Trust in God, not wealthPublished 10:12pm Friday, May 20, 2011
Two religion professors appeared on “The O’Reilly Factor” last week calling U.S. House Speaker John Boehner immoral for pushing federal budget cuts. They shared Boehner’s denominational background and insisted their faith teaches “redistributive justice.” So, they argued, any cuts in welfare, Medicare or pre-natal care is immoral and the government has an obligation to tax high-incomes even more to pay for programs for the poor.symbolic
The flaw in this argument is three-fold.
One, the top 2 percent of our nation’s wealthiest already pays 46 percent of the income taxes. Asking them to pay more hardly seems fair. After all, they’re the ones in our capitalist society who invest wealth and create jobs. They’re the “golden goose,” as it were, who already provide so much benefit.
Humorist P.J. O’Rourke had a novel solution when he suggested in his 1998 book that we eat the rich! Since the evil rich are such a source of derision, we could eat them and be done with them.
I think a better way to raise revenue is to tax the poor. According to a CNN study in 2009, 46 percent of Americans pay no federal tax. What a source of potential income! If everyone paid some federal tax, then everyone might take personal interest in how the government spends our money.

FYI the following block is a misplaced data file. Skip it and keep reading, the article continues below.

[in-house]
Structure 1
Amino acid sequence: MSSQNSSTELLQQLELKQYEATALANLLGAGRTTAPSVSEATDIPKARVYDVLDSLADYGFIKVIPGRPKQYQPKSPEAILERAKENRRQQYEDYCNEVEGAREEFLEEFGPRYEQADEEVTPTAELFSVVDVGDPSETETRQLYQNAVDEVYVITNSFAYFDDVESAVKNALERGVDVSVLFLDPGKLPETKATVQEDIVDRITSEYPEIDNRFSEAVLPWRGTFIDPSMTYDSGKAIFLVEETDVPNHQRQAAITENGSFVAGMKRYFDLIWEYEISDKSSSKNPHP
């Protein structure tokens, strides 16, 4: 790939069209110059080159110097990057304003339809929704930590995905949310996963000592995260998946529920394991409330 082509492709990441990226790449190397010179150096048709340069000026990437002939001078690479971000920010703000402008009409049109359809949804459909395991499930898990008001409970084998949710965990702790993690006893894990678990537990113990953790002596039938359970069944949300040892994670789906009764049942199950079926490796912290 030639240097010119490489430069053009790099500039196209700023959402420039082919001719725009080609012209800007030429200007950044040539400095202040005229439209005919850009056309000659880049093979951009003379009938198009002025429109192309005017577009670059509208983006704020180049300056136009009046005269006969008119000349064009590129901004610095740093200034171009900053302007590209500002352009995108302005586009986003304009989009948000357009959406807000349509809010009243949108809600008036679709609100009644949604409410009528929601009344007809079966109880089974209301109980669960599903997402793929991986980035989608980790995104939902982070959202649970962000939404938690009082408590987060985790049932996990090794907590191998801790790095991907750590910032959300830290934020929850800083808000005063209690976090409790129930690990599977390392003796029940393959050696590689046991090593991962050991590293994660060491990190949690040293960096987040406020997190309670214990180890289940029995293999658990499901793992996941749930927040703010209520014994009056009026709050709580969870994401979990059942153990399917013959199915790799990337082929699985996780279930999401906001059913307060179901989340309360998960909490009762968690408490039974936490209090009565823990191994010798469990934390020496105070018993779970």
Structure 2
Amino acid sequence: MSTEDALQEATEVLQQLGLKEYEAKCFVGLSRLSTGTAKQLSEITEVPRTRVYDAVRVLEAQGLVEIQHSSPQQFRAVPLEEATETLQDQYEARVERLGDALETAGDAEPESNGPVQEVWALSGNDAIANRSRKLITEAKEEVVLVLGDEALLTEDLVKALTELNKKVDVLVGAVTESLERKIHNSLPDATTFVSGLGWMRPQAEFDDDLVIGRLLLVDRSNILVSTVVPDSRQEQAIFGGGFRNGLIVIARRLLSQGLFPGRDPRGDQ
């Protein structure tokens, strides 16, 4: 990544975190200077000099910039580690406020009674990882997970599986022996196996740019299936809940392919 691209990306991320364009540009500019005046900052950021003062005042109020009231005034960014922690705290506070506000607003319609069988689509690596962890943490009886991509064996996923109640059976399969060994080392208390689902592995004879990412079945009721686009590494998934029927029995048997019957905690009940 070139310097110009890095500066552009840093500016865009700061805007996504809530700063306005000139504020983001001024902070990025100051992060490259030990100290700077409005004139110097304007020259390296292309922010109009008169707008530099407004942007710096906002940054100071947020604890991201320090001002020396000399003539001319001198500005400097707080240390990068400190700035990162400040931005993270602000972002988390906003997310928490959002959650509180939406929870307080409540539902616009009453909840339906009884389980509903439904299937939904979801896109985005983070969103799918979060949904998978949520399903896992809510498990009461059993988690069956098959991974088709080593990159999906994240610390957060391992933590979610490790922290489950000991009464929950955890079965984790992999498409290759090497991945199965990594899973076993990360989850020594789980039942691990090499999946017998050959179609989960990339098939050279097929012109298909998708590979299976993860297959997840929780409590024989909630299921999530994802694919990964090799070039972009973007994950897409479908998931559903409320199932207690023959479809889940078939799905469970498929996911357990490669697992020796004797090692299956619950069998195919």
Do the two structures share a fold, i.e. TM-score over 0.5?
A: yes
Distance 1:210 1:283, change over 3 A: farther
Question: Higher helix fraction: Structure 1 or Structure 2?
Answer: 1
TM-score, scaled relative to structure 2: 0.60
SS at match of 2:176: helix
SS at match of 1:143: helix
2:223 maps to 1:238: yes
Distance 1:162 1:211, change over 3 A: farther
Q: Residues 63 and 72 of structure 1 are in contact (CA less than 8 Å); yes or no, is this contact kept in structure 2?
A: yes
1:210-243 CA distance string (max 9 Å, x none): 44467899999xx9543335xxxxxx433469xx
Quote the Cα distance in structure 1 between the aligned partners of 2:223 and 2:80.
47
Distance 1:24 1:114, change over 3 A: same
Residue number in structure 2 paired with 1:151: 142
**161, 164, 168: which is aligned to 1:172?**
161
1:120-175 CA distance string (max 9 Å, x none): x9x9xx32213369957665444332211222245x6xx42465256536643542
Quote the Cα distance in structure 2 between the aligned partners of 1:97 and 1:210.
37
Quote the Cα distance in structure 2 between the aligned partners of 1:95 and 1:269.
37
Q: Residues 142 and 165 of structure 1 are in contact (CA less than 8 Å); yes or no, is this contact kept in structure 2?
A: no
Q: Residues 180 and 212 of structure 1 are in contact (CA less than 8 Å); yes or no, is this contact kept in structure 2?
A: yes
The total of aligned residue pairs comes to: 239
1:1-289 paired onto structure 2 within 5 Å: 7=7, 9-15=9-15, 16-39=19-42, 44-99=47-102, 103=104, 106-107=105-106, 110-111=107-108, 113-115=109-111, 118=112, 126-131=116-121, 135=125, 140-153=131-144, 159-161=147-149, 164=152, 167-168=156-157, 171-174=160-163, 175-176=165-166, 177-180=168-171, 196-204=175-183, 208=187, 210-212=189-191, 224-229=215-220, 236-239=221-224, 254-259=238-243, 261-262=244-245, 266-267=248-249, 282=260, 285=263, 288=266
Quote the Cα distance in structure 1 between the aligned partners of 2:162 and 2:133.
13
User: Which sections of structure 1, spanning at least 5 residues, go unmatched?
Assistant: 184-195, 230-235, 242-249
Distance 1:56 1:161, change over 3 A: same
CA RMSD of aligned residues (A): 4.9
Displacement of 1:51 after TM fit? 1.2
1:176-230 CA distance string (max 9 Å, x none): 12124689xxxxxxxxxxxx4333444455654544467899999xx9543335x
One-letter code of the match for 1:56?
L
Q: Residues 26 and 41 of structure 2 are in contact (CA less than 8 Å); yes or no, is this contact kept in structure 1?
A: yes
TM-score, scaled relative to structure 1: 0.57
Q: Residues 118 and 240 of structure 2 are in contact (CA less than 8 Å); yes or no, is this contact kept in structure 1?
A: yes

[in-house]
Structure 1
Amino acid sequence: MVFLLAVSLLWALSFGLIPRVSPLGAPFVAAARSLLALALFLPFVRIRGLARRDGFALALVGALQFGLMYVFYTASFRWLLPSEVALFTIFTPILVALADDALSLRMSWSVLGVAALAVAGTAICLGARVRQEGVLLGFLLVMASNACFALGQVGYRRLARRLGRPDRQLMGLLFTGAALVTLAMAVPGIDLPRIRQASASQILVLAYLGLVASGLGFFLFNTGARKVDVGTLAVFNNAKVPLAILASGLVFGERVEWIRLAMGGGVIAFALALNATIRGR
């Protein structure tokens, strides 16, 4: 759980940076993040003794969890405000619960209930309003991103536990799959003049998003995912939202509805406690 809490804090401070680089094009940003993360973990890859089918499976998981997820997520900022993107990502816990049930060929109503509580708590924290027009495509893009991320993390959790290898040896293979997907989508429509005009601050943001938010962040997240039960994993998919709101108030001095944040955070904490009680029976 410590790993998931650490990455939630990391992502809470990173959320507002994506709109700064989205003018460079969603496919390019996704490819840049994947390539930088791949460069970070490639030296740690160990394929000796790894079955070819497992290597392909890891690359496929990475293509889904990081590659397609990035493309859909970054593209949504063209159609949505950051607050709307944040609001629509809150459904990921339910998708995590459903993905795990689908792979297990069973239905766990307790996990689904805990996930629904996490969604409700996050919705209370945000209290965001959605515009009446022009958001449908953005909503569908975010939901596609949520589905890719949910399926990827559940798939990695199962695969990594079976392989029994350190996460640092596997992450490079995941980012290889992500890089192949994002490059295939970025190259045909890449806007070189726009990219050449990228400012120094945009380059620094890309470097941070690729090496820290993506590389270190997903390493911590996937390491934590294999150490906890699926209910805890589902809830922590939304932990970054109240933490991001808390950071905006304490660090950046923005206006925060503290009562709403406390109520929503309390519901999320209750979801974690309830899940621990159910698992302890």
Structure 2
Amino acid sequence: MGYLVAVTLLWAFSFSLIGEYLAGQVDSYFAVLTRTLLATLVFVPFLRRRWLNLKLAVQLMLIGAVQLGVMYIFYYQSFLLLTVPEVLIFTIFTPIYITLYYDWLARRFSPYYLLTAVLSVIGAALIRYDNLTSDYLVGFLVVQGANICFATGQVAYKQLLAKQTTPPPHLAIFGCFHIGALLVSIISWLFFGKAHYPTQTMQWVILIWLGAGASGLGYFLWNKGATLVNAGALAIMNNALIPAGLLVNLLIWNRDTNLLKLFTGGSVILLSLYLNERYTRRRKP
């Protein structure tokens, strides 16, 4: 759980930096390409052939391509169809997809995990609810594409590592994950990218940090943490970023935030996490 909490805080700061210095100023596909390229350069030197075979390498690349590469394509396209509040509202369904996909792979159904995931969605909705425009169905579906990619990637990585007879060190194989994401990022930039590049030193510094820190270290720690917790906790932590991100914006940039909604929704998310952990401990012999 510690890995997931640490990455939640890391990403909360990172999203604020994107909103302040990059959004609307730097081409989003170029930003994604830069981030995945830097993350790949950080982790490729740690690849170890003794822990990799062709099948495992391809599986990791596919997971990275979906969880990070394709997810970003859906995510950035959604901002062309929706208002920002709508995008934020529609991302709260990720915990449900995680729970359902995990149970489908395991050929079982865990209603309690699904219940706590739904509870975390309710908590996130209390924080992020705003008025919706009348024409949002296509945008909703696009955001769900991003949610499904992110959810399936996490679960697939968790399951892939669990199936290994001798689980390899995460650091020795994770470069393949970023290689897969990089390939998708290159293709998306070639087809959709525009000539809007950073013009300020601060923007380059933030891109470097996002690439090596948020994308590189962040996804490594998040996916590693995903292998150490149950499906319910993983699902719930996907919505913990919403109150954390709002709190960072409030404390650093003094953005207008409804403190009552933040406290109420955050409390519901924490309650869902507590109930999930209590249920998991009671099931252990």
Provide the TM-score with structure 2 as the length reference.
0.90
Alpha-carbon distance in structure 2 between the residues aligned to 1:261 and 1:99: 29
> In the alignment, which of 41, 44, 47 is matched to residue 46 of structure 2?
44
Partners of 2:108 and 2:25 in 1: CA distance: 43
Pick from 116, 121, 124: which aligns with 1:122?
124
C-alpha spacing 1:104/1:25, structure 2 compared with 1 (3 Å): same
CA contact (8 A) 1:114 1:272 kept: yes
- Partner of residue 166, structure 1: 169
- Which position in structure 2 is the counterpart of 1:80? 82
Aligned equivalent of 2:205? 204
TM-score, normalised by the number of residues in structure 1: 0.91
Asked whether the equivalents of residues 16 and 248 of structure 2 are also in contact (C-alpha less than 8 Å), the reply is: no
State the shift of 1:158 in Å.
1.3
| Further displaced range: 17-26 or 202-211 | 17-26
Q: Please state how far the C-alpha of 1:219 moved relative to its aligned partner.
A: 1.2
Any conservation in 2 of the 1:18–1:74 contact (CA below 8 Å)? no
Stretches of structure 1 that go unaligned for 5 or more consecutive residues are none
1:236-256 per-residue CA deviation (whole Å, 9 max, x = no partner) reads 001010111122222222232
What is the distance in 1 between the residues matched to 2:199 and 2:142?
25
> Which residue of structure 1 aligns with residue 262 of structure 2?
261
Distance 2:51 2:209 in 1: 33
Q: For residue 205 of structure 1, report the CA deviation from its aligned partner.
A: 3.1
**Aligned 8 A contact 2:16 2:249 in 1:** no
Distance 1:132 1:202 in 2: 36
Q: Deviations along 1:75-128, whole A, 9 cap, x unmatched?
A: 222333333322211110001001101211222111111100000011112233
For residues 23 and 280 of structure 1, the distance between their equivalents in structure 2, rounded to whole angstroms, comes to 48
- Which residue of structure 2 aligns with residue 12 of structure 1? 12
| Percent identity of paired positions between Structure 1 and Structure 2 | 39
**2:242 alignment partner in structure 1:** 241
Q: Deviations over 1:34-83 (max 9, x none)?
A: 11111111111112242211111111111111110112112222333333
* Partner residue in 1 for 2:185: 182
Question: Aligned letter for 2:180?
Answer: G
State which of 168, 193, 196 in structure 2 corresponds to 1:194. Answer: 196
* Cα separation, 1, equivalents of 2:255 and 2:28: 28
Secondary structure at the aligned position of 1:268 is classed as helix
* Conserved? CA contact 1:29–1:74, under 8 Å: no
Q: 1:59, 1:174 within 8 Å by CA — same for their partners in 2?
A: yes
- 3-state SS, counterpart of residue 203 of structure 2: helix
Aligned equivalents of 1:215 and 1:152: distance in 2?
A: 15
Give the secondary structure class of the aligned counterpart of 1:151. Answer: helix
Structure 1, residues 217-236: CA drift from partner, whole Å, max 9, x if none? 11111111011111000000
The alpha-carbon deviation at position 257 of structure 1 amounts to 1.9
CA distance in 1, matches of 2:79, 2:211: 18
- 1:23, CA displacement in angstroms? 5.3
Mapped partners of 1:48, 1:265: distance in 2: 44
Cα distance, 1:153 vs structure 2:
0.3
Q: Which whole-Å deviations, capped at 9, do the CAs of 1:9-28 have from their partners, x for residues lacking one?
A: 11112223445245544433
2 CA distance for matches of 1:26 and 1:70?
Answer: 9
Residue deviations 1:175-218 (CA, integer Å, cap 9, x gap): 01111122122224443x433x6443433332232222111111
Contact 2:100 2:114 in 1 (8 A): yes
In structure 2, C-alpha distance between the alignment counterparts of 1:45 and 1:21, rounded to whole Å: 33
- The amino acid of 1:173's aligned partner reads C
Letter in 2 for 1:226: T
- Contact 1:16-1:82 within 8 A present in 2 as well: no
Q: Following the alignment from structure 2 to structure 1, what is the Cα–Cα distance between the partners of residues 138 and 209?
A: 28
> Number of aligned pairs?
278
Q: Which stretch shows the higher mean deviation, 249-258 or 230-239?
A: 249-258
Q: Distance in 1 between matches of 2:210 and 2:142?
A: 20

Another flaw is that with an indebtedness of $14 trillion, it’s hard to imagine our government getting its financial house in order if it had more income. Financial columnist Dave Ramsay pointed out that our government now spends 175 percent of its income.
It’s like a man who told me years ago that his debt problem was solved because his credit card company agreed to raise his credit limit! Government seems to gobble up whatever money is thrown its way, and more.
The third flaw in the theological argument is applying the teachings of one denomination to government policy. Some who cry the loudest about “separation of church and state” seem not to mind using their “church” club to beat the government in fiscal matters.
The apostle Paul didn’t counsel “eating the rich” in the New Testament. He taught that food and clothing should make us content, that we leave the world just as we came in–with nothing in hand–and that some, in their quest for riches, fall into a pit of destruction (1 Timothy 6: 7-9).
But he also told his young protégé to exhort rich believers to trust in God, not money, and to use their money for good (vs. 17-18). No condemnation, but simple encouragement to do good with what we have, as must we all.